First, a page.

Wick Communications

Home page is no front page

In Design on May 17, 2012 at 5:58 pm

Does your front page really matter in a digital age?

The question comes up because more and more people are finding their way to our stories online without first stopping at our home page to browse. Perhaps you never thought of it this way, but that home page is the de facto front page of your digital operation.

In fact, Google’s Richard Gingras said recently that three-fourths of unique visitors to online journalism come from “external sources” – places like Facebook, Twitter and gosh only knows where. If that is the case, it means readers are clicking only what interests them and are not swayed by your placement of a story in your news mix.

Great. I was putting too much thought into our front page anyway. Now I can just throw a bunch of things against the wall and let them fall wherever they will on the page… right?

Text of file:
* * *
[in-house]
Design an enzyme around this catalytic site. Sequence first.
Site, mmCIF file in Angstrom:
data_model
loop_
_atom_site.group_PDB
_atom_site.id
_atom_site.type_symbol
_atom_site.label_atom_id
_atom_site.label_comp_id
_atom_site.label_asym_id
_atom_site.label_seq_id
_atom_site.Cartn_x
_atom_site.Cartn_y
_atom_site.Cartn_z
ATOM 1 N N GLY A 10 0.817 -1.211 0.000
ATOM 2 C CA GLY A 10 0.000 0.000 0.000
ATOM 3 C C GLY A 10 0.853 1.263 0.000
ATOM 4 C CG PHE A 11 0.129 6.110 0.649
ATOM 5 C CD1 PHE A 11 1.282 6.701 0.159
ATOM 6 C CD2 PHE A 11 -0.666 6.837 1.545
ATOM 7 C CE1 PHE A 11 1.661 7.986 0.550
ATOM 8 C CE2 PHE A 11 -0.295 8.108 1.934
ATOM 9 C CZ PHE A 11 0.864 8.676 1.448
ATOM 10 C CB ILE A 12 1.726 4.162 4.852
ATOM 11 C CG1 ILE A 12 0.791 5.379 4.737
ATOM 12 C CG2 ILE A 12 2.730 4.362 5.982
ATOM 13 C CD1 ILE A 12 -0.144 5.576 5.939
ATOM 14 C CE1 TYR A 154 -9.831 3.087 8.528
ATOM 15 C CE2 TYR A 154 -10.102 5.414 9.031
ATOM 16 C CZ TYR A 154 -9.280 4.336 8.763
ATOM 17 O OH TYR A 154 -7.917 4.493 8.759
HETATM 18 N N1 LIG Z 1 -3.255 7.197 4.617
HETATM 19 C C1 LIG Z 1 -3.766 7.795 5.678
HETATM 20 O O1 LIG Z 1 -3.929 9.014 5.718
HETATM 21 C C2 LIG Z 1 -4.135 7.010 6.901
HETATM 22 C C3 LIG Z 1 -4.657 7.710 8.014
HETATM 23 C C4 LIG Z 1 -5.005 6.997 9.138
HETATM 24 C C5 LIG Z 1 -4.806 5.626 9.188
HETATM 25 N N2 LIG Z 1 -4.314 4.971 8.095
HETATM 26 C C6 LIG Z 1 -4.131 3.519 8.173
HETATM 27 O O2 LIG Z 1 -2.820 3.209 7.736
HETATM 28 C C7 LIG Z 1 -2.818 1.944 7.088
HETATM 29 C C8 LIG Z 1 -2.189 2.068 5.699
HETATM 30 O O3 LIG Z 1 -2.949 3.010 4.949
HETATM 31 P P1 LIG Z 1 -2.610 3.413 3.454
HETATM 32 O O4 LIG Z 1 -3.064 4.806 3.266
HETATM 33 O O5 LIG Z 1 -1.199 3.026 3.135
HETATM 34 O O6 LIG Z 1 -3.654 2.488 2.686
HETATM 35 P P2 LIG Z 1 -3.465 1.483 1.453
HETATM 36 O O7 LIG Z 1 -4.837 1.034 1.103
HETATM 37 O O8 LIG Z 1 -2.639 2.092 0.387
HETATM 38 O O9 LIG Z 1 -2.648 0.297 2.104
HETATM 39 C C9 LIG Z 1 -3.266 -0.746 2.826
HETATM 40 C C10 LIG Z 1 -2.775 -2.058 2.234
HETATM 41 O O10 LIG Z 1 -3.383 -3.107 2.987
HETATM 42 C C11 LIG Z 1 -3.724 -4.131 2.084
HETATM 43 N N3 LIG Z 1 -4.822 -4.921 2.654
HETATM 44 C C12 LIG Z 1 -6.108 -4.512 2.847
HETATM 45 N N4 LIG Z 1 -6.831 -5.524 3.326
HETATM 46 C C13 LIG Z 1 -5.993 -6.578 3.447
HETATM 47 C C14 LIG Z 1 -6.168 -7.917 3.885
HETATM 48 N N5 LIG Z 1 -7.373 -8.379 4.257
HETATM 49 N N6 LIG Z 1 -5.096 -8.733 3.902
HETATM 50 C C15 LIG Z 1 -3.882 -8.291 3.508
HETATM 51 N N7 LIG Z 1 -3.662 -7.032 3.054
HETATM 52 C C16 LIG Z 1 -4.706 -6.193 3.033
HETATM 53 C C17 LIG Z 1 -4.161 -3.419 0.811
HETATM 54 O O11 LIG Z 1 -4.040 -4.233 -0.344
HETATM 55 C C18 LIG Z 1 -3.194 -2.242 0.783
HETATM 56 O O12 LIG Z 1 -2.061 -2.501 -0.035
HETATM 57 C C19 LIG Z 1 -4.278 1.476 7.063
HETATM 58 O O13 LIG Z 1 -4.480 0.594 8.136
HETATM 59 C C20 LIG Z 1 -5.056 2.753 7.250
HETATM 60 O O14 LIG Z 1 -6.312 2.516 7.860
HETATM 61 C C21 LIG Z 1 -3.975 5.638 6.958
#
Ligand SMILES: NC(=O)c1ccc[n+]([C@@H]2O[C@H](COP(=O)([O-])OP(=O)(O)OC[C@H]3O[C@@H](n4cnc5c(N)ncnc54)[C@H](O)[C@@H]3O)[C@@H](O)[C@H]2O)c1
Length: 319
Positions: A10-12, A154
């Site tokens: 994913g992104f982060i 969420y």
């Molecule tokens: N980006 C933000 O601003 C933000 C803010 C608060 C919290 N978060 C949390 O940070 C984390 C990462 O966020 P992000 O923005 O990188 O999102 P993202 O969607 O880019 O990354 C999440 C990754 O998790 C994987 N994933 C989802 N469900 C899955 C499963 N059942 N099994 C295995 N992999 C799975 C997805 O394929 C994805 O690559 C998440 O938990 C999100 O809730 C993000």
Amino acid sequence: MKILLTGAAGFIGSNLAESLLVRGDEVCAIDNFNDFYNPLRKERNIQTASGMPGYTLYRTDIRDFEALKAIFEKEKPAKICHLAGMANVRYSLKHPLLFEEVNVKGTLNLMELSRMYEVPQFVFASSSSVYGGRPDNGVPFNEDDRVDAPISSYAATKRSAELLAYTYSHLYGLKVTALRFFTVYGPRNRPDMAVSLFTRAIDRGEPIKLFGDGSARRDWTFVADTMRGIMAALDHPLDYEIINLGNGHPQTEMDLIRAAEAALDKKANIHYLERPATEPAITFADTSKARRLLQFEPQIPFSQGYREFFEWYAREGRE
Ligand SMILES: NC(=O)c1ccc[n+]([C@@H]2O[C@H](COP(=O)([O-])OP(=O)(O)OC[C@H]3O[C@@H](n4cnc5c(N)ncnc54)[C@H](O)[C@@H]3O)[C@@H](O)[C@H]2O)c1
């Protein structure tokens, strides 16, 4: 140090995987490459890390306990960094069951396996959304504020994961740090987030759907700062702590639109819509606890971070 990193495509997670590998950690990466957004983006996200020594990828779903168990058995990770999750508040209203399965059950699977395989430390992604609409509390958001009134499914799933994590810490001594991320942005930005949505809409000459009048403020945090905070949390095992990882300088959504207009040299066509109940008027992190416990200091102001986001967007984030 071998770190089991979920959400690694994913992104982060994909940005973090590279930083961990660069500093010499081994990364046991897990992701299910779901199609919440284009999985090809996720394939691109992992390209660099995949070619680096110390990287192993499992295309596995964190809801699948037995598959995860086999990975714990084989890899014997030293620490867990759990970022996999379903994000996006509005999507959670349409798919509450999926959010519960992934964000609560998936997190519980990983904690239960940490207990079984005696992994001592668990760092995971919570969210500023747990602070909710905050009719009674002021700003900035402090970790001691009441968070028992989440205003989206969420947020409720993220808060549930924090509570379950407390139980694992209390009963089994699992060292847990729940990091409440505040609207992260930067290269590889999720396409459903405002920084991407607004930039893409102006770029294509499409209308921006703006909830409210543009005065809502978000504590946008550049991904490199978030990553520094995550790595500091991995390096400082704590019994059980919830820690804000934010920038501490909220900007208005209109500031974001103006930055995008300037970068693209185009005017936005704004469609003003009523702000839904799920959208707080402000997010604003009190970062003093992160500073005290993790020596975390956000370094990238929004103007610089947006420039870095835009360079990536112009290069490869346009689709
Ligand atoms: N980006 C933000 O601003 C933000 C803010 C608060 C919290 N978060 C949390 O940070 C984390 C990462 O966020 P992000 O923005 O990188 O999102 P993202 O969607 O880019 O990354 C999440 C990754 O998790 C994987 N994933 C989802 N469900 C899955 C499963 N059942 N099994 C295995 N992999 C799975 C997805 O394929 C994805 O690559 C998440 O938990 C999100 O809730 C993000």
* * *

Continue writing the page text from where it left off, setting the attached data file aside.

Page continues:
Well, no. In fact, I can think of several reasons to continue thinking of your front page as your regular masterpiece of reporting, writing and design. …

  1. Rack sales. In order to attract readers in the ever-more complicated media landscape, you better have an attractive front page, with a good mix of stories and compelling art.
  2. Professionalism. Readers are sophisticated and used to seeing really beautiful displays on billboards, laptops and even their cell phones. A well-designed front page carries gravitas and an air of professionalism that delivers unspoken cues to your readers, sources and advertisers.
  3. Setting the agenda. Placement in the newspaper has long conveyed an editor’s notion of what’s important in the world around us. News on the front page is often thought more compelling than that on page 6A. The space above the fold is prime real estate. Don’t give away that power.

The digital production of news has profoundly changed just about everything, including the way we used to think of our front page – better known to many as our home page. While readers are coming to our editions through the side door, it’s still important to put our best foot forward. Those front pages still matter.

Clay

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